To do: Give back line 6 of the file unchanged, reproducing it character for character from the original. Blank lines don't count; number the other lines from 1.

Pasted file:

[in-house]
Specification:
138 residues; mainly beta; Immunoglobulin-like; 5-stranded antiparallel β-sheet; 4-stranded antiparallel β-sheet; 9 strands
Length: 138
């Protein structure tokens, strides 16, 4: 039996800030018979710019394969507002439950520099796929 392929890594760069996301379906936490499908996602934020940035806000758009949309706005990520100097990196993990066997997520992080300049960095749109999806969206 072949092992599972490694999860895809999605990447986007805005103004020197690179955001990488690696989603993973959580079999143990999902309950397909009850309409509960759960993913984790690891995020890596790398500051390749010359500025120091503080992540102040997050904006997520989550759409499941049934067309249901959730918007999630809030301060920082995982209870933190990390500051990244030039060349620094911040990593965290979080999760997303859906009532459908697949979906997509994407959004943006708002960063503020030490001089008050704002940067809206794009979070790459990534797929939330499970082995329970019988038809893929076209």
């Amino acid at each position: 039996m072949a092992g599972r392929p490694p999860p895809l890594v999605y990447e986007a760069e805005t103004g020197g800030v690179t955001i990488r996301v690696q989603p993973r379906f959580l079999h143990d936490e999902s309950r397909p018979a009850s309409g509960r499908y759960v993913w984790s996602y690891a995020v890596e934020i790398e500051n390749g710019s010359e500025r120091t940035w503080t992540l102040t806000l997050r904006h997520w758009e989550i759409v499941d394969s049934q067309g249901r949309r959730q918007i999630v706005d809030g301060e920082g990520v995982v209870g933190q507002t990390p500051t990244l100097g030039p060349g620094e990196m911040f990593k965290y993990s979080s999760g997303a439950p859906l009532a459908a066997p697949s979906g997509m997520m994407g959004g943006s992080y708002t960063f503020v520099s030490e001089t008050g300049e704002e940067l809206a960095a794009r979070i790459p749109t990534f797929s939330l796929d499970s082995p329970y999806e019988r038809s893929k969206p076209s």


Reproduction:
């Amino acid at each position: 039996m072949a092992g599972r392929p490694p999860p895809l890594v999605y990447e986007a760069e805005t103004g020197g800030v690179t955001i990488r996301v690696q989603p993973r379906f959580l079999h143990d936490e999902s309950r397909p018979a009850s309409g509960r499908y759960v993913w984790s996602y690891a995020v890596e934020i790398e500051n390749g710019s010359e500025r120091t940035w503080t992540l102040t806000l997050r904006h997520w758009e989550i759409v499941d394969s049934q067309g249901r949309r959730q918007i999630v706005d809030g301060e920082g990520v995982v209870g933190q507002t990390p500051t990244l100097g030039p060349g620094e990196m911040f990593k965290y993990s979080s999760g997303a439950p859906l009532a459908a066997p697949s979906g997509m997520m994407g959004g943006s992080y708002t960063f503020v520099s030490e001089t008050g300049e704002e940067l809206a960095a794009r979070i790459p749109t990534f797929s939330l796929d499970s082995p329970y999806e019988r038809s893929k969206p076209s």